Steam freight locomotive (6700-Class/6760-series), c. 1920.

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Steam freight locomotive #6785 (6760-class series), c. 1920. While considered among the finest examples of Japanese standardized locomotive design, the eighty-eight 6760-series locomotives that were ultimately produced beginning in 1914 were not as well-received as the preceding 6700- and 6750-series. The 6760s were said to have had inferior performance and had rough rides. As such, most were relegated to shunting duties. Nonetheless, the 6760-series locomotive remained in service from 1914 until 1958.

See also:
C55 Streamlined Locomotive and Mt. Fuji, c. 1940.
Tokaido Main Line Railway, c. 1930.

“The Class 6700 was a domestically-produced passenger locomotive designed by Ota Yoshimatsu. The concept of this locomotive had been planned as early as 1906 when the Japan Government Railway (JGR) wanted a standardized locomotive style for use on the JGR after the numerous private railroads, with their varied rolling stock, had been nationalized.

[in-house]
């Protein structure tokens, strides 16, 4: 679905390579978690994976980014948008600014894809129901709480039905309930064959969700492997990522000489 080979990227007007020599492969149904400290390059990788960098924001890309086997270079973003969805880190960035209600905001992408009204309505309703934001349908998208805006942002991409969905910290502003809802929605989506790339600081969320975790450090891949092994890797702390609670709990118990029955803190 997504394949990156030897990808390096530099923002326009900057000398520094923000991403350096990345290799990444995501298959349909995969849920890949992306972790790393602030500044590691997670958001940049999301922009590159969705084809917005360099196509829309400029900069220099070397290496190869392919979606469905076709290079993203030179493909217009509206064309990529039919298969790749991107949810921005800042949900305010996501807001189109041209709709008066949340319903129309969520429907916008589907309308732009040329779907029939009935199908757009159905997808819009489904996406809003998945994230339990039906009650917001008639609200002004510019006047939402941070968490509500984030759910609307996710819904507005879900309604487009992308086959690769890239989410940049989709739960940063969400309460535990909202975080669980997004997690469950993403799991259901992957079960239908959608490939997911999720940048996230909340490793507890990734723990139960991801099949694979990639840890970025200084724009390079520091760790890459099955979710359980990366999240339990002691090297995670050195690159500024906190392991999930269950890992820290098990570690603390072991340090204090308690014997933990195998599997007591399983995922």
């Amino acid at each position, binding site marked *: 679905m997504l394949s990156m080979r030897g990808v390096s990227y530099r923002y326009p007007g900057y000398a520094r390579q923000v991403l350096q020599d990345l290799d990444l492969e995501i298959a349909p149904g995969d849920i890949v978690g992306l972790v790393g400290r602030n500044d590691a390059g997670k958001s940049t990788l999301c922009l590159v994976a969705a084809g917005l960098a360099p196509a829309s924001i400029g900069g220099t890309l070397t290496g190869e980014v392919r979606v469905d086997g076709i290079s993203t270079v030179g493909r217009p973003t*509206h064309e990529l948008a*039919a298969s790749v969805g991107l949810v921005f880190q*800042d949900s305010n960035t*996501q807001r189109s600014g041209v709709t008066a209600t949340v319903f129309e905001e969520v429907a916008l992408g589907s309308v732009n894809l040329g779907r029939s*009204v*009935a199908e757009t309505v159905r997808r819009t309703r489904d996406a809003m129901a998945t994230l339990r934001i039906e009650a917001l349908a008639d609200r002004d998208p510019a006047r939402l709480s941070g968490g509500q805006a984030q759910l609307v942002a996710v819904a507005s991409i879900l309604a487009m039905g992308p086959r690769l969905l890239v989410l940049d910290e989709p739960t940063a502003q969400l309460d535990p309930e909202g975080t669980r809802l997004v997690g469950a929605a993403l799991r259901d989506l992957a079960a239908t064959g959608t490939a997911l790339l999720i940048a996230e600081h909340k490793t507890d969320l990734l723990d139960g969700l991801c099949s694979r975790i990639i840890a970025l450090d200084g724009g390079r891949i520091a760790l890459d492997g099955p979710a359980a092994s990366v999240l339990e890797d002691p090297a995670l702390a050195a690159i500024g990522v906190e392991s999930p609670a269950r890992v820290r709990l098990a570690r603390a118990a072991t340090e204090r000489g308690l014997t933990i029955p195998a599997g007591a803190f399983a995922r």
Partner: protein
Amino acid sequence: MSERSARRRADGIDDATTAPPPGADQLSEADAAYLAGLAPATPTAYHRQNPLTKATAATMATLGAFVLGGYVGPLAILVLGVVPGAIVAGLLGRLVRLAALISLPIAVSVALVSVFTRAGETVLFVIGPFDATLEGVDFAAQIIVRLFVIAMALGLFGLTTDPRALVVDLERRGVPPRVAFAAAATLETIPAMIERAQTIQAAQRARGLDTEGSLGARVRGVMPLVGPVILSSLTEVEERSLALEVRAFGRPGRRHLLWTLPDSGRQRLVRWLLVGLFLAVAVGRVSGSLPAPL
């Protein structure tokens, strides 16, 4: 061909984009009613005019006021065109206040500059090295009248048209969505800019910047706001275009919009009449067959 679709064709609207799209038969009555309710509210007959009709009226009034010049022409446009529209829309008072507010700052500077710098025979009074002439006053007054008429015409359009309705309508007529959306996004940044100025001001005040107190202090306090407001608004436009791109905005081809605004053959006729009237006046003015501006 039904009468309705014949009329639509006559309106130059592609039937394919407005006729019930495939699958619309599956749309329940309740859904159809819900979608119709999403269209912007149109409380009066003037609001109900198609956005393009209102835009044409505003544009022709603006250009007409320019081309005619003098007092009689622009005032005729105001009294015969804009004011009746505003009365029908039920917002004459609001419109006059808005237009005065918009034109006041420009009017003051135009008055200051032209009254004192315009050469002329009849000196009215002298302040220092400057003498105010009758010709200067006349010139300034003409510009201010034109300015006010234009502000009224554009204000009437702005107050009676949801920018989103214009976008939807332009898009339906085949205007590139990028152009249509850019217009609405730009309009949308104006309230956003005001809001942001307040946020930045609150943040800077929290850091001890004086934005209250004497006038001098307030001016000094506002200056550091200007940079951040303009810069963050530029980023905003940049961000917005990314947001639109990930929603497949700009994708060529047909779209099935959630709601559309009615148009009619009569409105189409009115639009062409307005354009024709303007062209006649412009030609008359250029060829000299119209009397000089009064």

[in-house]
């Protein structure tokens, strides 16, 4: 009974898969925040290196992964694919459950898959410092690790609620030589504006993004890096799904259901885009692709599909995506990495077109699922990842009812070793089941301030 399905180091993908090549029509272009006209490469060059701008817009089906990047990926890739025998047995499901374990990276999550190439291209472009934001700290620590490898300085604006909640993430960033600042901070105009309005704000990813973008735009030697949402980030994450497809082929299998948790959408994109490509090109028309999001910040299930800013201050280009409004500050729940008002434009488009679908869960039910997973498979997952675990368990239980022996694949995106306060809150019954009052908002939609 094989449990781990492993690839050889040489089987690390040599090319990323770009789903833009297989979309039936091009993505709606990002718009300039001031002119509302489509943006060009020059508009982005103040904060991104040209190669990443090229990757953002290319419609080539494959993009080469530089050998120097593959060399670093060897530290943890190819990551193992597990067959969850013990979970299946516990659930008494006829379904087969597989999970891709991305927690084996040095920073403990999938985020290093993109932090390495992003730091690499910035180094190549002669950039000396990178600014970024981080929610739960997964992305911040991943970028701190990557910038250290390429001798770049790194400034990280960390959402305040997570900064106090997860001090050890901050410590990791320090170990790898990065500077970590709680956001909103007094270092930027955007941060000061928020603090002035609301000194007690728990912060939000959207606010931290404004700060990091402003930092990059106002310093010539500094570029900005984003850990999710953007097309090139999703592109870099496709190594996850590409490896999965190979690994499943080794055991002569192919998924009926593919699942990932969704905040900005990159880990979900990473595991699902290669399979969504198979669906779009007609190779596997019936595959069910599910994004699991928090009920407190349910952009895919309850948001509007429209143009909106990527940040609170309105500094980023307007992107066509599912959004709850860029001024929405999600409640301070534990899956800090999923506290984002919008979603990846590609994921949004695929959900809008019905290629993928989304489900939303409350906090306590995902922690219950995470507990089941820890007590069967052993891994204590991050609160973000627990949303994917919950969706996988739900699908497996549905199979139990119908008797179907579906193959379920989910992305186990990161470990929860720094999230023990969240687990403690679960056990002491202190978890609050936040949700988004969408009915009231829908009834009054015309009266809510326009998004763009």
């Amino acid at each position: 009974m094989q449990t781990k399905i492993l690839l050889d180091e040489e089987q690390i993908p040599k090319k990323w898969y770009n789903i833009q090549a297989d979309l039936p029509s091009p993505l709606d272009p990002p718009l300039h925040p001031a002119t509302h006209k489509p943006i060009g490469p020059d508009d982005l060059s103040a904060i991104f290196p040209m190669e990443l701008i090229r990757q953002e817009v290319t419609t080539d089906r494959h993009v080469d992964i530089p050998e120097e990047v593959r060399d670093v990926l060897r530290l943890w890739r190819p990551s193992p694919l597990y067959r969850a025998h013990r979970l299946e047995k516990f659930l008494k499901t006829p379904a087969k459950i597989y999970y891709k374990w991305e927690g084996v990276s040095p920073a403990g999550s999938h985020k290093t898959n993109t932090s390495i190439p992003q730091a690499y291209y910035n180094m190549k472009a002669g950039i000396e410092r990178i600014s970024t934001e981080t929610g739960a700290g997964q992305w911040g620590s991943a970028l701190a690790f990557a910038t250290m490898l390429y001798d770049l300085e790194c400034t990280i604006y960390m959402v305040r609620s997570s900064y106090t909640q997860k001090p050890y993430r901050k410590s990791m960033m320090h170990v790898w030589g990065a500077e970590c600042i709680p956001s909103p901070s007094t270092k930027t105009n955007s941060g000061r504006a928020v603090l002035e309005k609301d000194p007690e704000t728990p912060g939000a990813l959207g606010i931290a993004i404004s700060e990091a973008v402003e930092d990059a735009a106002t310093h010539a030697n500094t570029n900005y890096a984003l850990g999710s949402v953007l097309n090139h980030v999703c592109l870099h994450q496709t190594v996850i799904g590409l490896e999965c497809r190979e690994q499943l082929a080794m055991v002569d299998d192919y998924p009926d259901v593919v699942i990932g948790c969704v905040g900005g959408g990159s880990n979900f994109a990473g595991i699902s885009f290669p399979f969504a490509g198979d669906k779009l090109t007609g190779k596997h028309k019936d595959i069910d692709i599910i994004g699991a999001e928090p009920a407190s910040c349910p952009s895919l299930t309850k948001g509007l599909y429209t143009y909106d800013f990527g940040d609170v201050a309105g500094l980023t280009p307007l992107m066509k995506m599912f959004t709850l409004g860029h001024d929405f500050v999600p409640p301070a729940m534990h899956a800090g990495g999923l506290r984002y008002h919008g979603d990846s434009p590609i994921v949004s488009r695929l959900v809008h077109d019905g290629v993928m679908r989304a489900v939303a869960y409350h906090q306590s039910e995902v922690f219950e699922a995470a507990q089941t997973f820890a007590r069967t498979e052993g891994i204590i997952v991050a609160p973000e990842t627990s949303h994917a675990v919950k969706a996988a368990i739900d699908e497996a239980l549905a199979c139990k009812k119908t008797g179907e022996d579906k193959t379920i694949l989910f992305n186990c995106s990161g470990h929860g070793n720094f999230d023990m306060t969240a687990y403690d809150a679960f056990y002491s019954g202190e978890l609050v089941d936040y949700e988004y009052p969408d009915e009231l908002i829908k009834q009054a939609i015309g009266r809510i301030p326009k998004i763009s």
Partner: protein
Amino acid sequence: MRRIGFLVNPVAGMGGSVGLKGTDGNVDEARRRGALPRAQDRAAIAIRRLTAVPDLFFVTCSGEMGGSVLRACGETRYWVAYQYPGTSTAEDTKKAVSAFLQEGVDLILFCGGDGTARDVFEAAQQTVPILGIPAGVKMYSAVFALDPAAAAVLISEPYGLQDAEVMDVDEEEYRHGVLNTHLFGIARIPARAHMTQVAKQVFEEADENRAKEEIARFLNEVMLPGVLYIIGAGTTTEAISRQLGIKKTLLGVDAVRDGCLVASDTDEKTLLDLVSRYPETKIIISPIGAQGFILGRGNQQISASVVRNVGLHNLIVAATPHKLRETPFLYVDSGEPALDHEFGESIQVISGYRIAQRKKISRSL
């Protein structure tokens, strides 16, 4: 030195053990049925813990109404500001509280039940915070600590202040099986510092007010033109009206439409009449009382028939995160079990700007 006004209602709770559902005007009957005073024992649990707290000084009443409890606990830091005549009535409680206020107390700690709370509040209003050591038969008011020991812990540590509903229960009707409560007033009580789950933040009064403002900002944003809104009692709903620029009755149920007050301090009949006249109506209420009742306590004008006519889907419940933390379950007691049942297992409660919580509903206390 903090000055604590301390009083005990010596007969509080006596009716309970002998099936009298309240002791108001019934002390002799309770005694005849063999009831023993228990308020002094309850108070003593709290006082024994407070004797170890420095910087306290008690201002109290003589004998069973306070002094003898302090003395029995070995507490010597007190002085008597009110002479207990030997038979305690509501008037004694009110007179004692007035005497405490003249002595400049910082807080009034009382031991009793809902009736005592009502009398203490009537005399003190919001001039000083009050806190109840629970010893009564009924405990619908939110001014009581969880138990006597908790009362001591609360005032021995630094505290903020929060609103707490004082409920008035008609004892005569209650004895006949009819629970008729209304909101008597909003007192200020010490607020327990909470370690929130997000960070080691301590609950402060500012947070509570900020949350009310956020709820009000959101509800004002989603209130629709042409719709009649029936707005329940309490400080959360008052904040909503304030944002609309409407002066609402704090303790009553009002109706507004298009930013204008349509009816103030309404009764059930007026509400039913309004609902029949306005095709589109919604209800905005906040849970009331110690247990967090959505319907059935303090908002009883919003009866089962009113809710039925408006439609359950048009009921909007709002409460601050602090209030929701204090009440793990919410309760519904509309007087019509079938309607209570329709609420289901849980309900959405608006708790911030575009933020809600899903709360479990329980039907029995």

“Under the watchful eye of Ota, the Class 6700 locomotive was designed using technologies developed by Richard Francis Trevithick, a former inspector at JGR’s Kobe Branch during Meiji Japan who was also involved in locomotive design and was pivotal with the introduction of Japan’s first domestically-produced locomotive.

“The Class 6760 was designed by Ota and were used mainly as mixed-traffic locomotives. It is said to have been the first example of a Japanese standardized locomotive design, featuring various traits from its predecessors, the 6700 and 6750. A total of 88 were manufactured by Kawasaki Shipyards, now Kawasaki Heavy Industries.

“The 6760-series were said to have had inferior performance compared to the 6700- and 6750-series locomotives and had rough rides. As such, most were relegated to shunting duties and remained so until the end of their lives. The locomotives were retired by 1958, with none being sold to private railways. No Class 6760s survive [as museum pieces].”


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